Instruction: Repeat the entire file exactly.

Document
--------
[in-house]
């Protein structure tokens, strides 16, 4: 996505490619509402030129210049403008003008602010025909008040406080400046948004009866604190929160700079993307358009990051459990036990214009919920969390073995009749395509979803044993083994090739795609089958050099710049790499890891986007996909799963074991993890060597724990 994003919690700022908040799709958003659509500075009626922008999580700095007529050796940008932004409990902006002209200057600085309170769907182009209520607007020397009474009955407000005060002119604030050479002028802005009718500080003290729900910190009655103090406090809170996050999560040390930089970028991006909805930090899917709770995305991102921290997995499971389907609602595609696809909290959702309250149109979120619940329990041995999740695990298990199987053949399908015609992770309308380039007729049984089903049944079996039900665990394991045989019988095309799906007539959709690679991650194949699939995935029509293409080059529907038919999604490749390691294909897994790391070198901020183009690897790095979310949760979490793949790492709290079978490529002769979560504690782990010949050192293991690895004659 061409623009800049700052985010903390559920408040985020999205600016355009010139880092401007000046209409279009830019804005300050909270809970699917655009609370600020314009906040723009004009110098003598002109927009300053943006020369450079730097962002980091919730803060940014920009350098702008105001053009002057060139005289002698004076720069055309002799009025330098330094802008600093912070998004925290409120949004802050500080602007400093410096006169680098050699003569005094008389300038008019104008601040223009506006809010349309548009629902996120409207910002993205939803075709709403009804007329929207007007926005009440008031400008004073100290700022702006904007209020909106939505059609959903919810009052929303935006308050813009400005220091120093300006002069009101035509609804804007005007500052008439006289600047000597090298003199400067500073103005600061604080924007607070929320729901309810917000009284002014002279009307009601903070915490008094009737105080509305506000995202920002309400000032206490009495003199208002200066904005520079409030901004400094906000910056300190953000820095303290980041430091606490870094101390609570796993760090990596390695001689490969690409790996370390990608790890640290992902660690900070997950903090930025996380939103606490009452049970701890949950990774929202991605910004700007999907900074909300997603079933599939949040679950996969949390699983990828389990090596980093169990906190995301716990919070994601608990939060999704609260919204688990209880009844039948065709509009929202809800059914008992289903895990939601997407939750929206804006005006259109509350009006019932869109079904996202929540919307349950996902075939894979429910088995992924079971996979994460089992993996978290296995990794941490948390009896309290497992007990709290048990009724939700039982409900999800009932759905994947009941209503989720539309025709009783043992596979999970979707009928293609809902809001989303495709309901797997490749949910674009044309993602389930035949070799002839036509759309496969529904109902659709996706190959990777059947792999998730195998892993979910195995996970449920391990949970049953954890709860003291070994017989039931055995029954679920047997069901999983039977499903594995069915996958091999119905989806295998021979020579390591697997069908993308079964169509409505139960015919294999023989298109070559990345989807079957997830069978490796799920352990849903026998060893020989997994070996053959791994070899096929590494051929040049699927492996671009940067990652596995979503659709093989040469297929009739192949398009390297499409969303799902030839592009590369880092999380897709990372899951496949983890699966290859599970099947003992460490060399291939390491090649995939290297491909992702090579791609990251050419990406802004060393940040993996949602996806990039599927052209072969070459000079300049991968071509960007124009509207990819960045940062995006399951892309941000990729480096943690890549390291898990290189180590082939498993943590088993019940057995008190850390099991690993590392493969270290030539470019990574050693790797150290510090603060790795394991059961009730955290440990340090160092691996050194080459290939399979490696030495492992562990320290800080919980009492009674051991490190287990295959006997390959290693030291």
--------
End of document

[in-house]
């Protein structure tokens, strides 16, 4: 996505490619509402030129210049403008003008602010025909008040406080400046948004009866604190929160700079993307358009990051459990036990214009919920969390073995009749395509979803044993083994090739795609089958050099710049790499890891986007996909799963074991993890060597724990 994003919690700022908040799709958003659509500075009626922008999580700095007529050796940008932004409990902006002209200057600085309170769907182009209520607007020397009474009955407000005060002119604030050479002028802005009718500080003290729900910190009655103090406090809170996050999560040390930089970028991006909805930090899917709770995305991102921290997995499971389907609602595609696809909290959702309250149109979120619940329990041995999740695990298990199987053949399908015609992770309308380039007729049984089903049944079996039900665990394991045989019988095309799906007539959709690679991650194949699939995935029509293409080059529907038919999604490749390691294909897994790391070198901020183009690897790095979310949760979490793949790492709290079978490529002769979560504690782990010949050192293991690895004659 061409623009800049700052985010903390559920408040985020999205600016355009010139880092401007000046209409279009830019804005300050909270809970699917655009609370600020314009906040723009004009110098003598002109927009300053943006020369450079730097962002980091919730803060940014920009350098702008105001053009002057060139005289002698004076720069055309002799009025330098330094802008600093912070998004925290409120949004802050500080602007400093410096006169680098050699003569005094008389300038008019104008601040223009506006809010349309548009629902996120409207910002993205939803075709709403009804007329929207007007926005009440008031400008004073100290700022702006904007209020909106939505059609959903919810009052929303935006308050813009400005220091120093300006002069009101035509609804804007005007500052008439006289600047000597090298003199400067500073103005600061604080924007607070929320729901309810917000009284002014002279009307009601903070915490008094009737105080509305506000995202920002309400000032206490009495003199208002200066904005520079409030901004400094906000910056300190953000820095303290980041430091606490870094101390609570796993760090990596390695001689490969690409790996370390990608790890640290992902660690900070997950903090930025996380939103606490009452049970701890949950990774929202991605910004700007999907900074909300997603079933599939949040679950996969949390699983990828389990090596980093169990906190995301716990919070994601608990939060999704609260919204688990209880009844039948065709509009929202809800059914008992289903895990939601997407939750929206804006005006259109509350009006019932869109079904996202929540919307349950996902075939894979429910088995992924079971996979994460089992993996978290296995990794941490948390009896309290497992007990709290048990009724939700039982409900999800009932759905994947009941209503989720539309025709009783043992596979999970979707009928293609809902809001989303495709309901797997490749949910674009044309993602389930035949070799002839036509759309496969529904109902659709996706190959990777059947792999998730195998892993979910195995996970449920391990949970049953954890709860003291070994017989039931055995029954679920047997069901999983039977499903594995069915996958091999119905989806295998021979020579390591697997069908993308079964169509409505139960015919294999023989298109070559990345989807079957997830069978490796799920352990849903026998060893020989997994070996053959791994070899096929590494051929040049699927492996671009940067990652596995979503659709093989040469297929009739192949398009390297499409969303799902030839592009590369880092999380897709990372899951496949983890699966290859599970099947003992460490060399291939390491090649995939290297491909992702090579791609990251050419990406802004060393940040993996949602996806990039599927052209072969070459000079300049991968071509960007124009509207990819960045940062995006399951892309941000990729480096943690890549390291898990290189180590082939498993943590088993019940057995008190850390099991690993590392493969270290030539470019990574050693790797150290510090603060790795394991059961009730955290440990340090160092691996050194080459290939399979490696030495492992562990320290800080919980009492009674051991490190287990295959006997390959290693030291």